St. Louis lawyers who defended their property while displaying firearms face possible license suspension


LOUIS, MO – A Missouri official is asking the Missouri Supreme Court to suspend the law licenses of a Mark and Patricia McCloskey.

Those are the attorneys who gained national attention last year when they stood outside their St. Louis home waving firearms at Black Lives Matter protesters on their property during the “social justice” violence which broke out during the summer of 2020.

Mark McCloskey told media this week:

“We did was we stood out there and defended ourselves, exercising our Second Amendment rights. Nobody got shot. Not a shot got fired.

“Everybody from the president of the United States, Donald Trump, our governor, Mike Parson, our Attorney General, Eric Schmidt, not to mention the hundreds of thousands of ordinary citizens, all said that not only didn’t we do anything wrong, they were proud of us.”

In June 2020, widely circulated video showed the McCloskeys standing in front of their home as demonstrators protested the murder of George Floyd by police in Minneapolis. Mark McCloskey was armed with an AR-15 rifle, and his wife was armed with a semiautomatic pistol.

The McCloskeys said protesters marching through their gated development on their way to the home of then-mayor Lyda Krewson broke through an iron gate and were threatening them on their own property.

Cellphone video captured the confrontation. No shots were fired, and no one was hurt.

Mark McCloskey pleaded guilty to misdemeanor fourth-degree assault and was ordered to pay a $750 fine. Patricia McCloskey pleaded guilty to misdemeanor harassment and was ordered to pay $2,000.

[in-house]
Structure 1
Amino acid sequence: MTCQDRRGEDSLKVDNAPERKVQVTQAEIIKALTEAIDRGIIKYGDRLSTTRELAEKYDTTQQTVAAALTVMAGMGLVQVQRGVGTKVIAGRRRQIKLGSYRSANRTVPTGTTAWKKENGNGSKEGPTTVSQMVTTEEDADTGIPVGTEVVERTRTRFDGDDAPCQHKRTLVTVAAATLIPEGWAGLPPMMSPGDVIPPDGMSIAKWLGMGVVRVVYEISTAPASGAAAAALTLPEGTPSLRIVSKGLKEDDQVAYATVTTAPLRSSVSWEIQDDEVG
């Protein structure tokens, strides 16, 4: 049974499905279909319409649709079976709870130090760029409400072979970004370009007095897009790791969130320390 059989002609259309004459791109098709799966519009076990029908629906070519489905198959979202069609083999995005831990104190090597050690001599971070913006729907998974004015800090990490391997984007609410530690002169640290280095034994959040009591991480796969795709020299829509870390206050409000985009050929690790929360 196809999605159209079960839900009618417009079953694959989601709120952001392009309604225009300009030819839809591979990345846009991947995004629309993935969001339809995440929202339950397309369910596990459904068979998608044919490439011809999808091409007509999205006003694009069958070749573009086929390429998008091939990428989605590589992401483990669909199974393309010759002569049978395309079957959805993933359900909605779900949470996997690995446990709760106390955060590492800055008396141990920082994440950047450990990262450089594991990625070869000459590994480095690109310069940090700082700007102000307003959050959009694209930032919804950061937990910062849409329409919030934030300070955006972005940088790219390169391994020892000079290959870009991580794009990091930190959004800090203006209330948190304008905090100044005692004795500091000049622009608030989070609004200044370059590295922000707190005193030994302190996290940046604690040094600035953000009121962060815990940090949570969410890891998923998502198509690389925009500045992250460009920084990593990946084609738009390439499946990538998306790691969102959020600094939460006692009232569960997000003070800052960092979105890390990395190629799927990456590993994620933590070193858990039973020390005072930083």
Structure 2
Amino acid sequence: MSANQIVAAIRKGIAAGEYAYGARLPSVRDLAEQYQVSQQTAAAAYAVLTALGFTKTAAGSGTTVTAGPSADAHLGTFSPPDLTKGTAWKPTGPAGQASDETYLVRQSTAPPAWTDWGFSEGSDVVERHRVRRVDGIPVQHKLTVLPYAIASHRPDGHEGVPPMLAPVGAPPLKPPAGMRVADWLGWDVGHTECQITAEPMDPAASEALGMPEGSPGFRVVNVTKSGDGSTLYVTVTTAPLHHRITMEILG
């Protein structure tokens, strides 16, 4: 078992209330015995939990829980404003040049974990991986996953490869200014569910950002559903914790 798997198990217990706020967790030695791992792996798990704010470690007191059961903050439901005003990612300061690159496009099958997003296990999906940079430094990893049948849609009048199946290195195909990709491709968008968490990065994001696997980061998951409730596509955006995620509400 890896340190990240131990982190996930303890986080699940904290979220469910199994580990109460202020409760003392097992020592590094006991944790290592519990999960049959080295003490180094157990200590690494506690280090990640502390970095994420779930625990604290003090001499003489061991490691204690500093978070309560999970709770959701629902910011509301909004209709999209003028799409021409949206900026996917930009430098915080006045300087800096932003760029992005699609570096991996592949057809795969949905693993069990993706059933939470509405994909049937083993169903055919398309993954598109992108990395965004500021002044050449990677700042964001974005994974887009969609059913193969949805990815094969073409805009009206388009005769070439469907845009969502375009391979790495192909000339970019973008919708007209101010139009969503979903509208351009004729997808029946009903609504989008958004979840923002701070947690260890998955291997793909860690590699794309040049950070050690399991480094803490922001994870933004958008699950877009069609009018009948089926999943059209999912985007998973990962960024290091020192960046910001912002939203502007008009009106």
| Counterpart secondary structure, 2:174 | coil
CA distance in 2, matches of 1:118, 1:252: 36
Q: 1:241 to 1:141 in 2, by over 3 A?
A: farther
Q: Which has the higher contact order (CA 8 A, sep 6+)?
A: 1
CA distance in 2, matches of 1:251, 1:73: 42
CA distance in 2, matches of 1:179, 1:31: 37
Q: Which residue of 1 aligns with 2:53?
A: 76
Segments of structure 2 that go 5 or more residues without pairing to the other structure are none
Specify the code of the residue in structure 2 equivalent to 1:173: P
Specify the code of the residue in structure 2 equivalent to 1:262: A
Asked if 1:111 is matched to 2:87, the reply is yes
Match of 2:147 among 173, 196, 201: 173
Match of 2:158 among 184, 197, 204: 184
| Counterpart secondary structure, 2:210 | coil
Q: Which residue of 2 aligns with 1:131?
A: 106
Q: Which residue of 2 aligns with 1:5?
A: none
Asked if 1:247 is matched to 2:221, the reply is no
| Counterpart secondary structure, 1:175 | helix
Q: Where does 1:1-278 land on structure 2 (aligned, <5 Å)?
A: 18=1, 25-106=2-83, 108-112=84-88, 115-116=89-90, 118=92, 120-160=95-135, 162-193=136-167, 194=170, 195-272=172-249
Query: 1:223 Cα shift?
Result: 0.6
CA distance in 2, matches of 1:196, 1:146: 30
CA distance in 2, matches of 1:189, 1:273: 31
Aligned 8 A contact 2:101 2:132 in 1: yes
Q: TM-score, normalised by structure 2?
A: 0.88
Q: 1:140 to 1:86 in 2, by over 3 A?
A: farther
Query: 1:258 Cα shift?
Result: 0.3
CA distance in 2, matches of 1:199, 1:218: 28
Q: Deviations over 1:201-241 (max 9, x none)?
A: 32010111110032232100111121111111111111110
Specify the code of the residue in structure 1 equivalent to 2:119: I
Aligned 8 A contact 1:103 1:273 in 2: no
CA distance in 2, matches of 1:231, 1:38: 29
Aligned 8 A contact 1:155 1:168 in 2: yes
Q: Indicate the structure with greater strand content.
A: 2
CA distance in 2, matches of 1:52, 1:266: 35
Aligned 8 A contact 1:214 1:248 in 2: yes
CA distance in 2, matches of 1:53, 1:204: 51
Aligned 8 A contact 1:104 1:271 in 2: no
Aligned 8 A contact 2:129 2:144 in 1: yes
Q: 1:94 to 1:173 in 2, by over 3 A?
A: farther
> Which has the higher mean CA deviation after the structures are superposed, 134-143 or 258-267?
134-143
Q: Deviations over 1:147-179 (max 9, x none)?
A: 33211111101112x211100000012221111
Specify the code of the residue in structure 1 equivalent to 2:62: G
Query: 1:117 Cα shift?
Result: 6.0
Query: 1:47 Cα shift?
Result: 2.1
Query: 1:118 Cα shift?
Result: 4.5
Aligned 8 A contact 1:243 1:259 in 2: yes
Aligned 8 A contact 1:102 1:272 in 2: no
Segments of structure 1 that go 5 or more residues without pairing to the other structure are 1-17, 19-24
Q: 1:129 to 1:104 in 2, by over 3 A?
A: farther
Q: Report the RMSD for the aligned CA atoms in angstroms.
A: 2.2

After pleading guilty, Mark McCloskey said that he “purposely placed other people in imminent risk” and he would do it again if protesters threatened him, his family, or his property:

“The prosecutor dropped every charge except for alleging that I purposely placed other people in imminent risk of physical injury; right, and I sure as heck did.

“That’s what the guns were there for, and I’d do it again any time the mob approaches me, I’ll do what I can to place them in imminent threat of physical injury because that’s what kept them from destroying my house and my family.”


The couple, who both practice law together at the McCloskey Law Center specializing in personal injury, were pardoned by Missouri Gov. Mike Parsons (R) in July.

Missouri Chief Disciplinary Counsel Alan Pratzel, in a court filing, cited Mark and Patricia McCloskey’s guilty pleas to misdemeanors stemming from the June 2020 encounter. Pratzel’s office is responsible for investigating ethical complaints against Missouri lawyers.

Pratzel is asking the state supreme court to indefinitely suspend the licenses of the two personal injury lawyers, saying the couple showed “indifference to public safety” and involved “moral turpitude,” warranting discipline for the pair.

In his motion, Pratzel argued that the pardon issued by Gov. Parsons erased the convictions, but that “the person’s guilt remains.”

By pleading guilty, the lawyers admitted that they were not lawfully defending themselves, other people or their property, and their conduct wasn’t justified, Pratzel wrote.

Court documents show that Pratzel

Mark McCloskey is seeking the Republican nomination for the U.S. Senate seat being vacated by retiring Sen. Roy Blunt. At least four other candidates are vying for the nomination: Missouri Attorney General Eric Schmitt; former Missouri Gov. Eric Greitens, who resigned in 2018 amid allegations of sexual misconduct and campaign finance violations; and U.S. Reps. Vicky Hartzler and Billy Long.